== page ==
Despite poker’s prominence, it is pointed out in another piece that poker is hardly the motor driving the gambling scene in Vegas. “Poker might get all the buzz, but it truth, Vegas is all about the slots.”
The Young Guns (2005)
The last article I want to discuss is the only real “feature” that focuses on professional poker players that I found in the entire forty years of Rolling Stone, a four-pager in the June 16, 2005 issue titled “Poker’s New World Order.” The article by Ivan Solotaroff gets a teaser (“Poker’s Crazy Geniuses”) on that issue’s cover -- the only RS cover in its first forty years to mention poker at all -- and is accented by several photographs of those mentioned in the piece. (The first page of the article appears above at the start of this post.)
The focus of the article is “The Crew,” that group of young, bankroll-sharing players marshaled together by Russ “Dutch” Boyd following the 2003 World Series of Poker. The article discusses all seven members: Boyd, his brother Robert, Scott Fischman, David Smyth, Tony Lazar, Joe Bartholdi, and Brett Jungblut.
The piece starts out painting a somewhat glamorized portrait of the young men’s lifestyles, presenting us Robert Boyd cleaning up at the Borgata, Bartholdi killing at the Bellagio, and Smyth, Lazar, and Fischman all tearing up the games online. Bartholdi (for example) is described at “the tail end of a two-day binge that’s netted him a good week’s pay -- for a mid-cap CEO.” We read about Dutch Boyd having “stitched together this loosely knit crew of savants,” and how they all touch base at their “unofficial HQ,” a frat house-like condo on Rancho Drive about ten miles from the Strip.
The article then steps back to present the state of online poker circa mid-2005. Fischman is described as playing online poker “with 149,344 others” that night. We get a brief background on the founding of the World Poker Tour, mention is made of some of the more famous poker celebs (Negreanu, Lederer, Duke, Hansen, Laak), and Esfandiari chimes in to say of the burgeoning poker boom, “This story’s just beginning, believe me.”
Then the focus turns to Dutch Boyd. We get a detailed recounting of the PokerSpot debacle. Boyd helped start the online poker site in May 2000. By early 2001, the site was earning $160,000 a month, and “in the online poker forums, Boyd was predicting $50 million yearly profits for the top Internet card rooms.” Then comes the fall, which the author of the article tenuously ties to the dot-com crash, though does clarify how PokerSpot had its assets frozen by its credit card processor (Barclay Banks of London), and how Boyd continued to solicit new accounts, a move that could be interpreted as him having “turned pokerspot.com into a Ponzi scheme.”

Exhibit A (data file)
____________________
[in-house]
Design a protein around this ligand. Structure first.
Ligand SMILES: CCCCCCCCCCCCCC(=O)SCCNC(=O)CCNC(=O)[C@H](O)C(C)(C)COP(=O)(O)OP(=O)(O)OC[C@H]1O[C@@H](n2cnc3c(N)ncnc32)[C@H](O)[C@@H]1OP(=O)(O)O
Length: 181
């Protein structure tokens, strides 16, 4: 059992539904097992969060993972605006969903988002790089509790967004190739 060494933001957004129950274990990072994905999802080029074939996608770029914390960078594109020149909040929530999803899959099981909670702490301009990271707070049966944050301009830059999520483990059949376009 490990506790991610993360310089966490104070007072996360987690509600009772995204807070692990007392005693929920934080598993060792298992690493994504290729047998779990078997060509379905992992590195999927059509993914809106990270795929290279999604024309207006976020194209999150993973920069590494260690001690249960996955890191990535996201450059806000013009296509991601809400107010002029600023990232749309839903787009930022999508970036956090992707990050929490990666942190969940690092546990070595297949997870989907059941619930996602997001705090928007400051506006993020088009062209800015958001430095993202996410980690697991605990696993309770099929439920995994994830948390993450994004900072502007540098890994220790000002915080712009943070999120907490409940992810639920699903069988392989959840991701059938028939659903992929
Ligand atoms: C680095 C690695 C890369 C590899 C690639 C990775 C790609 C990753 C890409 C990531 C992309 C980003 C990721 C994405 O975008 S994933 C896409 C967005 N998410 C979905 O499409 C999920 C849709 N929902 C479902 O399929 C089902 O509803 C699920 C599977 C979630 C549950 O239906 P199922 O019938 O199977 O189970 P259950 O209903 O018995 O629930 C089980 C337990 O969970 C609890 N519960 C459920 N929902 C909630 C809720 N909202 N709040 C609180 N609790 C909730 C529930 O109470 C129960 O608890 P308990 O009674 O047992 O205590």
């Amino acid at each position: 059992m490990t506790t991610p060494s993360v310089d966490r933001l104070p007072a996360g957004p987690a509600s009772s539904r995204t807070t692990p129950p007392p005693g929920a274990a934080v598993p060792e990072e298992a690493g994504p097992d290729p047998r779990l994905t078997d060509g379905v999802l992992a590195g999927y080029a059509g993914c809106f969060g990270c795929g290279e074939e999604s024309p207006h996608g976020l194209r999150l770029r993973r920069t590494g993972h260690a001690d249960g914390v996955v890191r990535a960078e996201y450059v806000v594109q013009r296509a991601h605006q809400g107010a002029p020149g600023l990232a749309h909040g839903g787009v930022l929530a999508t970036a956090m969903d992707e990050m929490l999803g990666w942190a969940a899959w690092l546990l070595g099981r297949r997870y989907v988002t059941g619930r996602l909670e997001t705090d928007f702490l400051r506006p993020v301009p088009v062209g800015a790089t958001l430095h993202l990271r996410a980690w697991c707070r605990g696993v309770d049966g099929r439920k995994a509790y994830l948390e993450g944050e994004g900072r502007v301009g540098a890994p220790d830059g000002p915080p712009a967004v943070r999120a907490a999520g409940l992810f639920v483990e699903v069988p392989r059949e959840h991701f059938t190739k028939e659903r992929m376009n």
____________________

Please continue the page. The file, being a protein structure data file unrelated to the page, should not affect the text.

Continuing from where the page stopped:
PokerSpot finally ceased operations in late 2001, and the article leaves the PokerSpot story in the ambigous state in which it remains today. (Cashouts for many PokerSpot players remain “pending.”) We then read about Boyd’s bipolar disorder, his unrealized vision to create a rake-free online poker site, his stay at a mental hospital in Antigua, and his 12th place finish in the 2003 WSOP Main Event, after which he formed The Crew, infamously stating they would soon “take over the poker world” and thus giving the author a title for his article.
The dissolution of The Crew is then chronicled, with Bartholdi and Jungblut leaving first, and the others kind of drifting away by 2004. We’re left with an impression of Fischman as the true star of the group -- he was certainly the most successful member at the time, having won two WSOP bracelets and the WPT Young Guns title in ’04 -- and Boyd as a crazy schemer. Indeed, mention is made along the way of the over 1,000 domain names Boyd had registered. (If you haven’t noticed, over the last couple of weeks Boyd has begun trying to sell some of those domains on eBay and via his blog.)
Although everyone reads Rolling Stone, the magazine -- like the popular music industry it primarily covers -- does mostly target a younger demographic, and I think that, more than anything, explains why one doesn’t find a lot of references to poker in its first forty years of publication. During most of those forty years, poker was a game for older people (primarily men), folks whose interests rarely intersected with those looking for the latest about David Bowie, Madonna, the Spin Doctors, ‘N Sync, or Coldplay.
Indeed, all three of these more detailed looks at poker would have particular appeal to younger readers (i.e., those in their late teens or early twenties). Given that poker has recently become a game dominated by that very age group, perhaps Rolling Stone will find more reason to discuss the game in its pages in the coming years. In any event, I do think this little research project does tell us something about how poker has rated in the popular culture over the last forty years.